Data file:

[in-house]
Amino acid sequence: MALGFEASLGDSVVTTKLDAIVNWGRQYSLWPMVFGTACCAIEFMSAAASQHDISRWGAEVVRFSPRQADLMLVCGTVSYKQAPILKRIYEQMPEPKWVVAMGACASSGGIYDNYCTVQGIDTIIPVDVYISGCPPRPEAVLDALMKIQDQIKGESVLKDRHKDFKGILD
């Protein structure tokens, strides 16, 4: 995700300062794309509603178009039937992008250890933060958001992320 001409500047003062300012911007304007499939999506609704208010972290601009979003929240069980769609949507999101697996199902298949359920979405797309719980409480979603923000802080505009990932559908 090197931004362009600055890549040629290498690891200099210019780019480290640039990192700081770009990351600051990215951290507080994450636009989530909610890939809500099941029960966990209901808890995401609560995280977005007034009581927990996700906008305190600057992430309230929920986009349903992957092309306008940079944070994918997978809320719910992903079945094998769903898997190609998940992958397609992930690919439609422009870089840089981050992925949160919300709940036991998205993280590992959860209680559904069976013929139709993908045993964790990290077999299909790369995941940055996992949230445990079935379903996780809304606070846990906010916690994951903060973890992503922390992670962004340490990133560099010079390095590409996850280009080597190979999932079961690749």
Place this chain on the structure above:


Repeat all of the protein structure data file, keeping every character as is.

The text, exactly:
[in-house]
Amino acid sequence: MALGFEASLGDSVVTTKLDAIVNWGRQYSLWPMVFGTACCAIEFMSAAASQHDISRWGAEVVRFSPRQADLMLVCGTVSYKQAPILKRIYEQMPEPKWVVAMGACASSGGIYDNYCTVQGIDTIIPVDVYISGCPPRPEAVLDALMKIQDQIKGESVLKDRHKDFKGILD
């Protein structure tokens, strides 16, 4: 995700300062794309509603178009039937992008250890933060958001992320 001409500047003062300012911007304007499939999506609704208010972290601009979003929240069980769609949507999101697996199902298949359920979405797309719980409480979603923000802080505009990932559908 090197931004362009600055890549040629290498690891200099210019780019480290640039990192700081770009990351600051990215951290507080994450636009989530909610890939809500099941029960966990209901808890995401609560995280977005007034009581927990996700906008305190600057992430309230929920986009349903992957092309306008940079944070994918997978809320719910992903079945094998769903898997190609998940992958397609992930690919439609422009870089840089981050992925949160919300709940036991998205993280590992959860209680559904069976013929139709993908045993964790990290077999299909790369995941940055996992949230445990079935379903996780809304606070846990906010916690994951903060973890992503922390992670962004340490990133560099010079390095590409996850280009080597190979999932079961690749």
Place this chain on the structure above: